GM moved production of much of its value V-6 line to China because of high manufacturing costs in the United States. It is ironic that Toyota is building better engines for less cost in the United States. Trevor Hofmann, the author of the article elaborates on GM's failure to compete in the V-6 technology arena:

Putting this into context, Toyota has not only managed to halve the cost of its most popular six-cylinder engine, but the very fact this same engine is used in so many vehicles will, through economies of scale, increase Toyotas profitability overall. Compare this to rival General Motors, the worlds largest automaker and one that looks as if it will soon be passed by the Japanese giant for overall global sales, which makes so many engines V6 engines that its difficult to keep track of them all. A lesson could be learned, with the General producing a variety of antiquated overhead-valve engines with only 3-valves per cylinder, measuring 3.4-, 3.5-, 3.8- and 3.9-liters in displacement, plus a supercharged 3.8-liter version in its Pontiac Grand Prix. Only Cadillacs 3.6-liter V6 boasts four-valve per cylinder and dual overhead cam technology, an engine also found in Buicks top-line LaCrosse. To complicate things even further, it could be argued that GMs most sophisticated V6 is the 3.5-liter mill found in the top-line Saturn VUE, but the fact that its nothing less than Hondas superb Accord V6 is no doubt embarrassing to the Detroit-based automakers execs.

The question that General Motors should be asking itself is, why make a total of six V6 engines and borrow another from Honda, adding complexity and resultant cost to the automakers bottom line, when the only truly competitive GM V6 to Toyotas 3.5, or for that matter Hondas 3.5-, Nissans 3.5-, Hyundais 3.3- and 3.8-, or Fords all-new 3.5-liter V6, is the 3.6-liter unit only available in the Cadillac CTS, SRX and STS, plus the LaCrosse? Wouldn't it be simpler, more efficient and therefore potentially cheaper to make one extremely good V6 engine, rather than five that dont really measure up to the competition?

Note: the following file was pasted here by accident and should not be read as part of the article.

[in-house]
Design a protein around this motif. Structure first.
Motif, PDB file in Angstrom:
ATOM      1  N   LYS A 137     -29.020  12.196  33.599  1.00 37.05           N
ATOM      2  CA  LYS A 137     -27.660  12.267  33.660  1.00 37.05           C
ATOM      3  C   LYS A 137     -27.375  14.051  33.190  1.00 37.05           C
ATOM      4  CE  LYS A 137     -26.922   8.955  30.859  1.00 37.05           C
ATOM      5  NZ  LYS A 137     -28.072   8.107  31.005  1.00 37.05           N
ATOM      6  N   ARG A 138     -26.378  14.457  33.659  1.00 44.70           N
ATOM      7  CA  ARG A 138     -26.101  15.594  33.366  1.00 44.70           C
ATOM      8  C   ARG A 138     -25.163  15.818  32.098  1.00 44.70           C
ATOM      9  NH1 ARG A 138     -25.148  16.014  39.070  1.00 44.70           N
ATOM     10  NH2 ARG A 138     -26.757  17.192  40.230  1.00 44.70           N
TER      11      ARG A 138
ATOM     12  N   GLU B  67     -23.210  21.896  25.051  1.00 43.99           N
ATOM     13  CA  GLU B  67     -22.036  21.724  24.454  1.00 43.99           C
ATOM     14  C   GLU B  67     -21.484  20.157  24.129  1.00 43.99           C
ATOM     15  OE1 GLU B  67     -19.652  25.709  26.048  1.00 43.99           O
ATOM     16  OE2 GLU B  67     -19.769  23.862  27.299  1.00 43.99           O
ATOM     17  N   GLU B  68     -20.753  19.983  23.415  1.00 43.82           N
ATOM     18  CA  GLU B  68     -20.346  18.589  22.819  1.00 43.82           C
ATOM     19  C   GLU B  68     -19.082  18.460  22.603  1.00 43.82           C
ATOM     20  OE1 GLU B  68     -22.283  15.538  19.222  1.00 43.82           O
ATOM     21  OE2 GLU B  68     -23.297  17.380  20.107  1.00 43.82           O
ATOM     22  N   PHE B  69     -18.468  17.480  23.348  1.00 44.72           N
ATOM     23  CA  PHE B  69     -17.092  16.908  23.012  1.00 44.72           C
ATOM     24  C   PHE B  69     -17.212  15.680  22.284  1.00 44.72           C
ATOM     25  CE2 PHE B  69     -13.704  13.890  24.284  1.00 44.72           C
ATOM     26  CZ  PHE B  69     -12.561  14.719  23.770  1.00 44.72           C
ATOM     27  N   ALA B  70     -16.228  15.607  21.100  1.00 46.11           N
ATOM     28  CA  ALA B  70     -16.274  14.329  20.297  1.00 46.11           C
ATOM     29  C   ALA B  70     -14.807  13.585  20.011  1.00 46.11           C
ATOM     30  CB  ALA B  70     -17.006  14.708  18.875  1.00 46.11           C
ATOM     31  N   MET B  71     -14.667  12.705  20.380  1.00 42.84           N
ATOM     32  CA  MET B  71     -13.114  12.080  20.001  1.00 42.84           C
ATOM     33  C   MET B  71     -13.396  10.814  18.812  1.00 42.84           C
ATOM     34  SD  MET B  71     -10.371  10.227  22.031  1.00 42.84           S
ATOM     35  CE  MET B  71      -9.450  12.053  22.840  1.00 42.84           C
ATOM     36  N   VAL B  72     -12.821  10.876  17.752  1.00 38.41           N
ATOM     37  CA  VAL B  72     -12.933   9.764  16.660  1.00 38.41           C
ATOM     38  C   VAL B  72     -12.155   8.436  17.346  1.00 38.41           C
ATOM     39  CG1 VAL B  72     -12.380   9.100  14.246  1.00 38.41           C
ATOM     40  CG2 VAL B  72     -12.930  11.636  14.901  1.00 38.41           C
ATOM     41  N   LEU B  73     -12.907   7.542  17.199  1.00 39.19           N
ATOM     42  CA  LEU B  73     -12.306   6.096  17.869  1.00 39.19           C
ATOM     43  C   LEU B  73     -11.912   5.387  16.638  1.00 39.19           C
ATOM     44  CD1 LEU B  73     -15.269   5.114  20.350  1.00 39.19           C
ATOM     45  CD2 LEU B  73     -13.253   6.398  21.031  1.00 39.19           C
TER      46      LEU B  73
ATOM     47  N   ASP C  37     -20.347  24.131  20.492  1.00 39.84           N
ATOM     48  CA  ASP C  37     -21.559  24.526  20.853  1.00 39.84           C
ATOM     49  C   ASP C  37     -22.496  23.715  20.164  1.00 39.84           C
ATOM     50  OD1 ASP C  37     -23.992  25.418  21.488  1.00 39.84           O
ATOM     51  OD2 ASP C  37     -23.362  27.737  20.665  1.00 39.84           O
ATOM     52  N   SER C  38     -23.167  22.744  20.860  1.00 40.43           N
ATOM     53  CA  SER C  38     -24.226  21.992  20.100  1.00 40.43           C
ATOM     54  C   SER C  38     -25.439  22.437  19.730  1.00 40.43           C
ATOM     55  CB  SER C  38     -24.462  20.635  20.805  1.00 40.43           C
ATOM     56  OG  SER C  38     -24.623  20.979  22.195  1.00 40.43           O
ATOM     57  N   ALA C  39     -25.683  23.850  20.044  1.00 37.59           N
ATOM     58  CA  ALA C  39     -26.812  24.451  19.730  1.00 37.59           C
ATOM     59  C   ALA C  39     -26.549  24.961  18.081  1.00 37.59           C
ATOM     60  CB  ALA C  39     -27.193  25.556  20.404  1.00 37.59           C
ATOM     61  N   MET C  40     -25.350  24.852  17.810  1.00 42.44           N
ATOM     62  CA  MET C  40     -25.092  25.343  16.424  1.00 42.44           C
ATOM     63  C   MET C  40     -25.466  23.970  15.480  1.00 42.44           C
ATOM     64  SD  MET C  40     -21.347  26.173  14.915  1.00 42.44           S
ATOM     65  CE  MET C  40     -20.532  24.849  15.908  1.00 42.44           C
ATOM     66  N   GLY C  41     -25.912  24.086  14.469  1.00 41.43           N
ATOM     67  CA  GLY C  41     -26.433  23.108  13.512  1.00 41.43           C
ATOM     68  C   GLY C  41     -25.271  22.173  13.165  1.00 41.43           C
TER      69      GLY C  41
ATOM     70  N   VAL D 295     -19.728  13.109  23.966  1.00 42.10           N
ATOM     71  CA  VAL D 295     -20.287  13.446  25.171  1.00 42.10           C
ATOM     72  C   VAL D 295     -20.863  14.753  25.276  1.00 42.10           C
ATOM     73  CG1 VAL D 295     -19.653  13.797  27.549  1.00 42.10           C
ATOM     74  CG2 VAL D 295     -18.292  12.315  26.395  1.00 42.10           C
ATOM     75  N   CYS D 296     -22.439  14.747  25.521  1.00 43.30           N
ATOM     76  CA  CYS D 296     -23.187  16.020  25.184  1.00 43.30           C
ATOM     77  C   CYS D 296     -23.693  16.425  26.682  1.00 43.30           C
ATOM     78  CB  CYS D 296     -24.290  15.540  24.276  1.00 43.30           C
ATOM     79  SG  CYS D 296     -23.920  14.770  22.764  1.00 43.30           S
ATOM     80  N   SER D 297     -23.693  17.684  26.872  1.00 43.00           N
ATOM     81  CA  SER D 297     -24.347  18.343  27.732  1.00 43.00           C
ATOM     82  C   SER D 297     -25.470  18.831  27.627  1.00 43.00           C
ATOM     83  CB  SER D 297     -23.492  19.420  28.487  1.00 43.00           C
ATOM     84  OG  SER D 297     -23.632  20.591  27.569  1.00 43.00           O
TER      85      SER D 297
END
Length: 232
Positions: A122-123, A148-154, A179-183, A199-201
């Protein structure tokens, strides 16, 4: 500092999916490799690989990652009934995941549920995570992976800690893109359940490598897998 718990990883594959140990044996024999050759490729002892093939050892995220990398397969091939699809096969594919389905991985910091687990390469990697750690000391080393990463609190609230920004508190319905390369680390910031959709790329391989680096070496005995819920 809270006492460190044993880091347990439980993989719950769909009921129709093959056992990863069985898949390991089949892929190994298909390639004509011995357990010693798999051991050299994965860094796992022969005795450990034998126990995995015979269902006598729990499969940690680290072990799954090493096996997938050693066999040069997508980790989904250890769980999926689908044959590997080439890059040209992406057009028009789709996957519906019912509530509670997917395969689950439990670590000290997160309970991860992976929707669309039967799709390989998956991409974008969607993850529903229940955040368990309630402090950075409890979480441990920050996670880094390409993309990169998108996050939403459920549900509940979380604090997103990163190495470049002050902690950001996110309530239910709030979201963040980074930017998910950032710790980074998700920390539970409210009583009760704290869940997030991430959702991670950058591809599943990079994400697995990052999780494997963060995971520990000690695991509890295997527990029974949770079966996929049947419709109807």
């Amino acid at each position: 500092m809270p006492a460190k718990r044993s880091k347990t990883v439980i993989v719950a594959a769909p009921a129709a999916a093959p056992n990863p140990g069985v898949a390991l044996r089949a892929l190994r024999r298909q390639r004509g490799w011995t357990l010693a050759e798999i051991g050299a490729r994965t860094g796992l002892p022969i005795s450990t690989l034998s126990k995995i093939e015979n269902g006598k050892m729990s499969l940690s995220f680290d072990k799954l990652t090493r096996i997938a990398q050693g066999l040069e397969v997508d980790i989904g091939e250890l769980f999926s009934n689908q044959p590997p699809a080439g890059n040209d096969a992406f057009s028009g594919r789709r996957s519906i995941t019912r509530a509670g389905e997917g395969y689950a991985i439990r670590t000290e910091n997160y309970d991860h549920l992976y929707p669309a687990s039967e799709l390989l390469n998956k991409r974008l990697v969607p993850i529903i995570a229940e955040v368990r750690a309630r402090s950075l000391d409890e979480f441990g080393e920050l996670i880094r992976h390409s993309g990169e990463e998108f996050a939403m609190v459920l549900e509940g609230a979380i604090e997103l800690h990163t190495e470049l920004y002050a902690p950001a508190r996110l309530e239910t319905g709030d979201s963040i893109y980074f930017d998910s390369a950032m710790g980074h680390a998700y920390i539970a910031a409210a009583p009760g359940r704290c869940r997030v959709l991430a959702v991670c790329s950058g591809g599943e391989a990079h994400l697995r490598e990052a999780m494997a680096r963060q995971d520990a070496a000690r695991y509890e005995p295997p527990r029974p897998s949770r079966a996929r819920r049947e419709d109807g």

Wednesday, July 05, 2006

June Sales Mixed
Car Sales up - Trucks Down

The traditional domestic automakers were hampered by a continued decline of the truck market. Car and crossover sales were generally good across brands, but trucks and truck-based SUV trucks were down.

For General Motors, the news was mixed. GM spinmeisters were happy to say that GM had the best month of the year in number of units sold. The press still reported that GM sales were down almost 26% from the same period last year. You remember last year don't you? That's the year GM lost $10 billion.

There were clear winners and losers. Suzuki was the big winner, with sales up 38% thanks to a redesigned Grand Vitara. (Too bad GM just divested itself of Suzuki stock.) Saab was the big loser with sales down 50%. Saab only sold 3,295 cars in the U.S. last month. That's about a fourth of DaimlerChrysler's Dodge Caliber sales alone. GM is keeping Saab. On the other hand, Pontiac sales were up 12% thanks to an expansion of the G6 line. Buick sales were down almost 37% What's up with that? The Lacrosse is just two years old, and the Lucerne is just finishing its first year.

The biggest winner was Toyota which continues to steamroll over the industry with a 16% sales increase. Contrary to the industry pattern. Toyota's truck and car sales were both up, although I have a hunch that truck sales were boosted by the Rav4 crossover, which might as well be a car.

Here's the scorecard from

Monday, July 03, 2006


I only have a few minutes to update today. Let's see how much I can get done in 10 minutes

Gettelfinger to Join DC Board

UAW President Ron Gettelfinger is set to join the supervisory board of DaimlerChrysler. In Germany, trade union officers are often on the board of the companies their unions serve. Perhaps that accounts for the 28 hour/week workweek.

Honda CRX Spy Photos & More from The Hollywood Extra

Vince Burlapp at always seems to have some spy photos & information on upcoming cars that nobody else has -- especially when it comes to Hondas. Click here for the latest. Check out the busy text display in the Dodge Challenger instrument panel concept.

How to do everything Better

In retrospect, it wasn't a good idea to make the space shuttle out of styrofoam.

Robert Farago on GM-Renault-Nissan

You might expect that Robert Farago would have something to say about the proposed GM-Renault-Nissan get together. Yep. Here is his latest General Motors Deathwatch post. He suggests that the timing and nature of the proposal could be a ploy by Kirk Kerkorian to get GM's stock price up. Of course, it only makes a difference if Kerkorian sells, and there's no indication that he's selling.

From a factual standpoint, Farago mentions that GMAC has loosened its underwriting for new car buyers, offering new buyers 0% financing even with 580 credit scores. He doesn't say where he came by this information. It's good news if you have a 580 credit score. It's bad news if you (Cerebus) are buying GM's paper. I guess TPTB at GM believe that, with Dan Quayle in charge, Cerebus will go for anything.

Out of time. Have a happy 4th.